Amongst the accomplishments of a lifetime, count “completed running a marathon” amongst those for my friend Yvonne.
Just a skosh over five feet tall, with two children and a full-time job, she woke up one morning staring at the new running challenge the same way some people stare at mountains and go, “well, I’ll climb that because it’s there,” but she saw it with three facets: she could get in shape, she could challenge herself, and she could say she ran a marathon.
“It’s also a cool thing to do,” she added.
To cover the 26 miles and 385 yards needed to finish, she enlisted the help of a friend who motivated her to first walk long distances every day. “We had a goal and we wanted to finish. We knew the whole process would benefit us. Not everybody can do a marathon. It’s a recognizable achievement.”
Shorter distances grew longer. Lunch hours turned into agonizing training sessions. Her feet hurt. Eventually, however, the first wave of training paid off: she walked the Maratona di Roma in 2010. She did it again the next year, earning the medals and taping the times on the front door of her office.
Still, she knew she had to run a marathon to really tamp down the anxious thing beating inside her. So, in May 2011, she started running, working toward finishing the Dublin Marathon on Halloween.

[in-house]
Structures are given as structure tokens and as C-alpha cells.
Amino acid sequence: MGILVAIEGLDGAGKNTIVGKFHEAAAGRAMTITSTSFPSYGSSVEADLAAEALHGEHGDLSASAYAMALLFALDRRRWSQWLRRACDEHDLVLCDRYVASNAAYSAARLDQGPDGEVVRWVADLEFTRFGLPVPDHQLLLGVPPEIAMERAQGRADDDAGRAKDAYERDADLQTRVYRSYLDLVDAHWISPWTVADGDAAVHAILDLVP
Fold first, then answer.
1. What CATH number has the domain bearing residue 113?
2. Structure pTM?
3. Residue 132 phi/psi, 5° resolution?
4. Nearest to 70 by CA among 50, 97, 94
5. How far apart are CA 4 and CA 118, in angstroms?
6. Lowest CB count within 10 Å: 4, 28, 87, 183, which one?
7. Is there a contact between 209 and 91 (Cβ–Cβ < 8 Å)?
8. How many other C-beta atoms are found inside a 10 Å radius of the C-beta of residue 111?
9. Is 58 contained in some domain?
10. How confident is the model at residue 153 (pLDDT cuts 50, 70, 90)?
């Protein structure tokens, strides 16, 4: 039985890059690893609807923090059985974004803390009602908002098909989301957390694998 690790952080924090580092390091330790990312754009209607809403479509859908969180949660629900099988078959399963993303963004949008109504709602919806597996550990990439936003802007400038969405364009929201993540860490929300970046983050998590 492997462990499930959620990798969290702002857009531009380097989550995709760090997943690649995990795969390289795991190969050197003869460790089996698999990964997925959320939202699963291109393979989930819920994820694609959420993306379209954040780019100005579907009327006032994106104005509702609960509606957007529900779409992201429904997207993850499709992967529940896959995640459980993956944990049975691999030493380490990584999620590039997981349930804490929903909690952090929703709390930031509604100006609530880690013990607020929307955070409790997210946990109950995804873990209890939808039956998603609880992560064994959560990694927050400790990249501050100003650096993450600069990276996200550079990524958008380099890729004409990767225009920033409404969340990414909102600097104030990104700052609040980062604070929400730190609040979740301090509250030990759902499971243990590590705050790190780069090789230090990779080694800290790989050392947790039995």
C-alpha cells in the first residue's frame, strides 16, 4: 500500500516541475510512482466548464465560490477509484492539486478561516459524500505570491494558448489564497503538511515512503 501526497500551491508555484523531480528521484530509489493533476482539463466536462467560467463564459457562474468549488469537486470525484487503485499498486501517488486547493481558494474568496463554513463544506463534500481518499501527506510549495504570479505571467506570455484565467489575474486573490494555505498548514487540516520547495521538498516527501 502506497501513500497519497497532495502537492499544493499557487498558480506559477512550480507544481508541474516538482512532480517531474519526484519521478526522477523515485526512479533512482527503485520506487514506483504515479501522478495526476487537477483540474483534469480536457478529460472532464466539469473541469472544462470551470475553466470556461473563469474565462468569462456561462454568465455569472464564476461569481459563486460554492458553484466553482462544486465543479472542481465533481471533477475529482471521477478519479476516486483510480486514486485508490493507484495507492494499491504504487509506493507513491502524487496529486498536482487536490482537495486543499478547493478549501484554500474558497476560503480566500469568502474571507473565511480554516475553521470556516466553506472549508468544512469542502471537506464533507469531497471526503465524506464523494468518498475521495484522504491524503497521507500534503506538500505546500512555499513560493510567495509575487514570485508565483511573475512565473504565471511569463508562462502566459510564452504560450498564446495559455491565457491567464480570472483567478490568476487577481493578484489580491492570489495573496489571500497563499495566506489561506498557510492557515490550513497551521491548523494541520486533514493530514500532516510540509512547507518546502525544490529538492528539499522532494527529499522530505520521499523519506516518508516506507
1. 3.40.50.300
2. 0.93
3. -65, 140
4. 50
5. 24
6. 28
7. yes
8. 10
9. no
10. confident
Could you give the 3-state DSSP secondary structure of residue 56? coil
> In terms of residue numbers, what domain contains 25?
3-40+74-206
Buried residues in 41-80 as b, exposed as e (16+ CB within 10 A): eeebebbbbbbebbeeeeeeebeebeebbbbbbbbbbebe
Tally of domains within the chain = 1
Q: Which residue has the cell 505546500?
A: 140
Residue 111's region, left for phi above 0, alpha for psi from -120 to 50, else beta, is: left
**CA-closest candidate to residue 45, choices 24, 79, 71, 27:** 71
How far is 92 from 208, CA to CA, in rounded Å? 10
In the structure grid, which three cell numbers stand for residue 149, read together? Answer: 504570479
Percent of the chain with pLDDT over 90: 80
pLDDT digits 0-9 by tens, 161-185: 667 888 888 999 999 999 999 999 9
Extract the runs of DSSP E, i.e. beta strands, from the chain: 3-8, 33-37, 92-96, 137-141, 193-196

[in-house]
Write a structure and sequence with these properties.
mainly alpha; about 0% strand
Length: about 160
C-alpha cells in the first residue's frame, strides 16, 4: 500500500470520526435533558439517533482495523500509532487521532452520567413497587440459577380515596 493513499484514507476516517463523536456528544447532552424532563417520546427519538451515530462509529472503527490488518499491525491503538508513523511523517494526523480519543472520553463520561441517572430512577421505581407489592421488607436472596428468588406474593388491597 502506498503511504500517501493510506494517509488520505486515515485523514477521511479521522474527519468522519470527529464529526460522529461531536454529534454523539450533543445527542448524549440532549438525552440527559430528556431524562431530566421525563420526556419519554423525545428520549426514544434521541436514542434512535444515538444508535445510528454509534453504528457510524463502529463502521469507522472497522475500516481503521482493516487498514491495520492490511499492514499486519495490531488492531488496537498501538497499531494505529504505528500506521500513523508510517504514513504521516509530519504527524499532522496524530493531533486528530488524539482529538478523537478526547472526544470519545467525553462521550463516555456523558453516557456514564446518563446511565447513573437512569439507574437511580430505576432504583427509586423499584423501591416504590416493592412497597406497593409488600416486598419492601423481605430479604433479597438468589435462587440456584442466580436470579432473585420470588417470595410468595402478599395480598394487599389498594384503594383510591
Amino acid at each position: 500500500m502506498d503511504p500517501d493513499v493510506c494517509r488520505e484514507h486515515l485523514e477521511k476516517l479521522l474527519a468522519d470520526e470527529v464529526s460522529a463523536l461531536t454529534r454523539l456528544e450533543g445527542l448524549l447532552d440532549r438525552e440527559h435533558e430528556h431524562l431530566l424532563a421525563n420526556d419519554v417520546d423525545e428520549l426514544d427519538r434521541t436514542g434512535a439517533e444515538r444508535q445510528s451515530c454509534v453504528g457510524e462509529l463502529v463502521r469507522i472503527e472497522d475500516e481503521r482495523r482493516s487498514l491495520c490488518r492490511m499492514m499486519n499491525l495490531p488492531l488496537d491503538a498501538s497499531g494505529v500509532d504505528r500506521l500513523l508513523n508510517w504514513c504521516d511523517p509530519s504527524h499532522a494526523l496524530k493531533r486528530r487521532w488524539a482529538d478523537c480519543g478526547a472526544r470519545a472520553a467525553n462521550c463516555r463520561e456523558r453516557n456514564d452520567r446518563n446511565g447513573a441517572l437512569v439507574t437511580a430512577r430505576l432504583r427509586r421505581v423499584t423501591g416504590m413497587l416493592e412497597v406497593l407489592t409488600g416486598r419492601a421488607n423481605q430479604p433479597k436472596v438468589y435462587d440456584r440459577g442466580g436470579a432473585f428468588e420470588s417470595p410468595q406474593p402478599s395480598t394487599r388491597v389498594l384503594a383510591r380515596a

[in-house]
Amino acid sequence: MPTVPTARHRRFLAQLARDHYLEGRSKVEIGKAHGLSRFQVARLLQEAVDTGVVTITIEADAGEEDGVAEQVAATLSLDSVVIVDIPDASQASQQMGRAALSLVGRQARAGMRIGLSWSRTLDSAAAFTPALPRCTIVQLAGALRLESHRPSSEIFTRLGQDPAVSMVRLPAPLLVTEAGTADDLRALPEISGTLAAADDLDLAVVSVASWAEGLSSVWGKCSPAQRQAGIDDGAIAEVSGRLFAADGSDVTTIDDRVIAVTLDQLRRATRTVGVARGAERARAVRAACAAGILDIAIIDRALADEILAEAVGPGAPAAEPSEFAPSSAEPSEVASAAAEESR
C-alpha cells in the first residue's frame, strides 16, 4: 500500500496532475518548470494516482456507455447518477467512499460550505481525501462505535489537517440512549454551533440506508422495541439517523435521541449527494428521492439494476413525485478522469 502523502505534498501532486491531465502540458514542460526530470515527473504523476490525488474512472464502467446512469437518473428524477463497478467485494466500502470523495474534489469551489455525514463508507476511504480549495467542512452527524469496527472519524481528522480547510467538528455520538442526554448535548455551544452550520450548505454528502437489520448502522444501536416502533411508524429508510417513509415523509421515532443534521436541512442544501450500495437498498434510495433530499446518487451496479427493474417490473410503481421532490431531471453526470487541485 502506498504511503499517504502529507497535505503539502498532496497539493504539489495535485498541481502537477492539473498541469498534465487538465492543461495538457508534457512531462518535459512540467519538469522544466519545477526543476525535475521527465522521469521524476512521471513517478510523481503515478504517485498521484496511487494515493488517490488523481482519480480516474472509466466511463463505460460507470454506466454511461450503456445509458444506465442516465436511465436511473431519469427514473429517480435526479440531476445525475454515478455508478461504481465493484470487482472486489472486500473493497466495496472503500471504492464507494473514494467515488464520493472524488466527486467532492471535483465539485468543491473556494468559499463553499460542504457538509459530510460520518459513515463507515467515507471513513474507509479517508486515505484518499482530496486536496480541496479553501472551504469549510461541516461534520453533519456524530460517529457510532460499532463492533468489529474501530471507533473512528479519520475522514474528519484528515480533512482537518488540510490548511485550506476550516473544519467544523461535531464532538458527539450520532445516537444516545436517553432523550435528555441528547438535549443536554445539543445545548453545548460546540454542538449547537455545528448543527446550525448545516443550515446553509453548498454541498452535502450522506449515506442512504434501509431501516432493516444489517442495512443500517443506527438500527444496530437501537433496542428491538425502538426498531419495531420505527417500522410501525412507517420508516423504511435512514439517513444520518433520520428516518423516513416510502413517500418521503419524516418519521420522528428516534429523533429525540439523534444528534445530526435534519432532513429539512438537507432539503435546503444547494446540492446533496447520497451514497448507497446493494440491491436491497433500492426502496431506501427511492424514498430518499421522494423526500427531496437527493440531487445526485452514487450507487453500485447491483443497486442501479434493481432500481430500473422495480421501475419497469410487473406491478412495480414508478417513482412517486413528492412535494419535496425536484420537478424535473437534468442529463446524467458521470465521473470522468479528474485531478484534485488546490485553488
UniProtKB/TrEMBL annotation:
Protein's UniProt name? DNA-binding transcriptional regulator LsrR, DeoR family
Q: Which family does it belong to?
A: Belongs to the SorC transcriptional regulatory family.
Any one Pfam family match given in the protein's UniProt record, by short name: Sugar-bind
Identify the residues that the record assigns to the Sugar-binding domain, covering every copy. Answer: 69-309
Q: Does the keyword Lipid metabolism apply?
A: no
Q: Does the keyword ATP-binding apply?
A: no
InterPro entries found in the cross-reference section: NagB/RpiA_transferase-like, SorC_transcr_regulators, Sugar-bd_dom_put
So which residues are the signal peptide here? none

Yvonne said the Maginot Line in this process was her own mind. “About halfway through the training, my inner voices kept telling me to stop. But I wasn’t going to let myself down. I knew that if I gave in, I wouldn’t finish.”
With every Facebook update, the training distances increased: five miles, 10 miles, 15 miles, 20 miles. Rinse and repeat, with more aching feet, sore muscles and weakness fleeing for the doors.
Halloween arrived (also a public holiday in Ireland) and so did the rain. “It was pouring. It was ridiculous.” Still, when the starting gun went off, so did she. About three-quarters of the way through, rain beating down, those pesky inner voices returned telling her to stop. “I just turned the music up louder and shut them up.”
Throughout the training, she felt that four hours, 30 minutes was a realistic goal to finish. Five hours, tops. Unfortunately, the rain and the hills conspired against her. “When the guys carrying the five-hour balloons passed us, I cried and THAT really hit hard. (My husband) mentioned they had started a little late so I knew there was some wiggle room in there. When I saw the finish line, I broke off and ran as fast as I could, because I wanted that five hours BAD.”
Save 63 seconds, it worked. With 13,000 others in front, beside and behind her, Yvonne finished the 2011 Dublin Marathon in five hours, one minute and three seconds.
She hasn’t run much since, mostly due to work and family obligations. With a move this summer, however, she’ll be back into it with her husband. She has no desire to stop tallying lifetime achievements or trying new things.
“I wanted to challenge myself to see if I could do it. And I did it,” she concluded. “How many people can say they ran a marathon?”
Jason Tudor is an American writer and illustrator who lives in Europe. His short story, “The Lives Magda Made,” will appear in the anthology “No Rest for the Wicked” in June 2012. He is also the co-host and creator of “The Science Fiction Show,” a weekly podcast about all things science fiction in pop culture, film, television and elsewhere. For more, go to www.jasontudor.com.